27 May 2009

Green beans cooked with tomatoes

One of the best ways to cook green beans is with tomatoes, onions, and, optionally, carrots — IMHO. Okay, yes, just slightly steaming beans and serving them plain with butter or olive oil is also pretty good, especially if you have fresh haricots verts.

But when you want something a little different, cut up a big onion and about a pound of fresh tomatoes. Cook the onions in olive oil or butter. When they just start to soften, add the tomatoes to the pot. After two or three minutes of cooking on medium, add about 1½ lbs. of green beans. If you want to add a couple of peeled and sliced carrots, add them at the beginning with the onions. I put carrots in many things.

Green beans from the freezer starting to cook
with fresh onions, carrots, and tomatoes.

You can use fresh or frozen green beans. Fresh are always better, but it's not yet the season here in the Loire Valley. We had beans from last year's garden that had been blanched and packaged for the freezer. This is a good way to prepare frozen beans when you don't have fresh ones.

Here's the result. Of course the beans lose that bright
green color, but the tomato pieces hold together.

Add a couple of cloves of garlic, plenty of pepper, some salt, a couple of bay leaves, and a sprig of thyme to the pot with the beans and tomatoes. Also add ½ cup of water. In my French cookbooks, it says to let the beans & tomatoes cook for an hour on medium heat. You might like it cooked for considerably less time than that.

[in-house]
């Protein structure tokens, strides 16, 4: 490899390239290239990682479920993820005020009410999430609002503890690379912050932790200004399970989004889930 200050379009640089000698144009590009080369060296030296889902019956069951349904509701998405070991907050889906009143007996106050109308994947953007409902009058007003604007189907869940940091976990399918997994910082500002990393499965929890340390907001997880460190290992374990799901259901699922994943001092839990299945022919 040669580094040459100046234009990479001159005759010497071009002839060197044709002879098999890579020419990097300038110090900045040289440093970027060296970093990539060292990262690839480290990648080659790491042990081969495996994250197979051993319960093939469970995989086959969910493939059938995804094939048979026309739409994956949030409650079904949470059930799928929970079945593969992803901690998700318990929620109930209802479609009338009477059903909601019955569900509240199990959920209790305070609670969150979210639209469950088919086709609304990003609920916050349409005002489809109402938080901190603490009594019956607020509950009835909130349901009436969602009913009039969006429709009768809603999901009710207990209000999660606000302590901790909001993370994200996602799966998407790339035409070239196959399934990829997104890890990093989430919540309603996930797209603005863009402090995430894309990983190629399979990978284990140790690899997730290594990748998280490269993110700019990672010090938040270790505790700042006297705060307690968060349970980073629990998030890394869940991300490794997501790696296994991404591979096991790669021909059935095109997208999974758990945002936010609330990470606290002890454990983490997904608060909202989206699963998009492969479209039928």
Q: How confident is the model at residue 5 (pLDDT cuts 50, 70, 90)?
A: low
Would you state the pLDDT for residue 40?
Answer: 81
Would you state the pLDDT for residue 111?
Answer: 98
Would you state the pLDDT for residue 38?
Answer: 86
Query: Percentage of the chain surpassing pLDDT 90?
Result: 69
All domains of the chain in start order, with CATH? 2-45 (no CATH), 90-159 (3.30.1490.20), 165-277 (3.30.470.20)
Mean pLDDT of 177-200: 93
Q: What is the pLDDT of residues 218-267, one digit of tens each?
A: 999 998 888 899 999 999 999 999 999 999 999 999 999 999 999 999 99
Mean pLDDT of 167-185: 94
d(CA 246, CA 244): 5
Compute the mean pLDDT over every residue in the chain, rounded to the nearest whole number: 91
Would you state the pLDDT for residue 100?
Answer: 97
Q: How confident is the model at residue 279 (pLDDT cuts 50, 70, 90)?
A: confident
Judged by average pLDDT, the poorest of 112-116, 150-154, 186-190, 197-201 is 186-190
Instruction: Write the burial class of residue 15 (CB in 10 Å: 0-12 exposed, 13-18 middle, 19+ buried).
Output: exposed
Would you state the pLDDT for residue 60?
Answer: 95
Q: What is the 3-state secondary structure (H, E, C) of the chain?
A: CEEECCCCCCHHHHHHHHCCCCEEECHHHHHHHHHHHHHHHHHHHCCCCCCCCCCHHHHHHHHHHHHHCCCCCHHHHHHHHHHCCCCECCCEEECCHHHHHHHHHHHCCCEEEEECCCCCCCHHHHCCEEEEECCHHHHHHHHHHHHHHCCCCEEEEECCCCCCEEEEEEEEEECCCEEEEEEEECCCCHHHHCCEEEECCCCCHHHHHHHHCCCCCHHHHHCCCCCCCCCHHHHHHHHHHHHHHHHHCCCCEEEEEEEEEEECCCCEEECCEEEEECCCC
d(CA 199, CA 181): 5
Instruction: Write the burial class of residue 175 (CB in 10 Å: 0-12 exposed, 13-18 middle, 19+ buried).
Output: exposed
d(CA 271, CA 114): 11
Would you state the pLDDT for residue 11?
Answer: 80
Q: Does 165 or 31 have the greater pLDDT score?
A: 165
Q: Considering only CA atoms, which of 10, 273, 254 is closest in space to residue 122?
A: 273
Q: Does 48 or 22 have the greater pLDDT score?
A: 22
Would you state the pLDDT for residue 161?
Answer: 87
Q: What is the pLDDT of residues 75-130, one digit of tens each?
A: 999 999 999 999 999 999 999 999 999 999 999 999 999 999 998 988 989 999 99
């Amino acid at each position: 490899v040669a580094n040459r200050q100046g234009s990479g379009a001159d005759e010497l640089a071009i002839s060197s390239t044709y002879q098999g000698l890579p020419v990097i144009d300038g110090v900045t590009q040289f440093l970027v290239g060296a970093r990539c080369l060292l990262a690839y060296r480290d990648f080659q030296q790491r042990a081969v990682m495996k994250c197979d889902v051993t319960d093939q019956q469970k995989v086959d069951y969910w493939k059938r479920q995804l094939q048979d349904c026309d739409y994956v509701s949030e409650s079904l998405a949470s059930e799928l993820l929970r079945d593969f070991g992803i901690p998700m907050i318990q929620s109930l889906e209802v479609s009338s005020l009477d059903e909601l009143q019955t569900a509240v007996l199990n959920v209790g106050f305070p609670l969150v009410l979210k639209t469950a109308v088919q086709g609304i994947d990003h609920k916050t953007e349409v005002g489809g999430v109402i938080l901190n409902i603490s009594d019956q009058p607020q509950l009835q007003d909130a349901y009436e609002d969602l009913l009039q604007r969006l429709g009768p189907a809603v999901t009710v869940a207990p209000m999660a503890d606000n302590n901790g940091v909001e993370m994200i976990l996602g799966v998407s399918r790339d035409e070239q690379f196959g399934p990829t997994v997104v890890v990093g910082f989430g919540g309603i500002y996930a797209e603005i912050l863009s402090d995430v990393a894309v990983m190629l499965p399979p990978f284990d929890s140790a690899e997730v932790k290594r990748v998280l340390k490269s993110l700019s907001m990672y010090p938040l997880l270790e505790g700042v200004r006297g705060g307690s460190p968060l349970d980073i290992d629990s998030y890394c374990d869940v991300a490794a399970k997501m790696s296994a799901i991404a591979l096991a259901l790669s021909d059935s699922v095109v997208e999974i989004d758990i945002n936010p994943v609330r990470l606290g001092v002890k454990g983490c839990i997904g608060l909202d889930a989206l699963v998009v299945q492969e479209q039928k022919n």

Monique Maine calls these « Haricots verts à l'italienne ». I don't know if they are really Italian, but I've been cooking them in France since the 1970s.

I'm heading over to Intermarché this morning to buy a couple of rabbits. I'm talking about rabbits that have been cleaned and skinned, and are ready to be cooked. They are on special at 5.39€/kg, or about $3.50/lb. with a U.S. dollar that's worth 71 eurocents right now.


  1. I wish my Dad was still alive to see those green beans of yours, Ken! He'd be 110 lol- but he cooked the best beans I've ever tasted.

    They were pole beans grown in his KY garden- when cooked they were a deep dark green. He'd cook the beans until there was no pot liquor left, adding potatoes on top after a while. Most people don't like beans cooked so long but for me they were delicious, especially with the potatoes.

    I bet he would have liked adding carrots and tomatoes like you have. He often ate tomatoes with his breakfast eggs.

  2. Hi Evelyn, Walt and I both like green beans cooked long and slow. It's kind of Southern-style, don't you think? In California, people like to eat green beans just barely steamed, almost raw. Crunchy. They can be good that way too, but different. Wish I could have tasted your dad's deep dark green pole beans.

  3. Oh Ken , this brings me back to my childhood. My nana used to cook her beans this way (w/o carrots) and served it on rice with some cubes of beef cooked en daube. She learned to cook the beans that way when my grand-parents lived in Madagascar for a yr when my mum was still a teenager.

  4. Remember "Le Pigalle" at Los Gatos where I complained the green beans were raw? Just like you, I would have loved Evelyn's father's green beans!

  5. Long and slow may be Southern style. The barely cooked way is trendy and good, too but if I have my druthers, I'll go with Southern every time.

    Beaver, your nana's beans sound delicious. My dh would probably like them with rice since he likes rice with everything.

  6. Ken, those green beans look SO good. I'm a Californian (San Francisco), and I'm not a fan of the crunchy vegetables. I've always liked mine cooked, as you said, long and slow - as they do in France. I'm going to be making those beans very soon.

    Donna in SF


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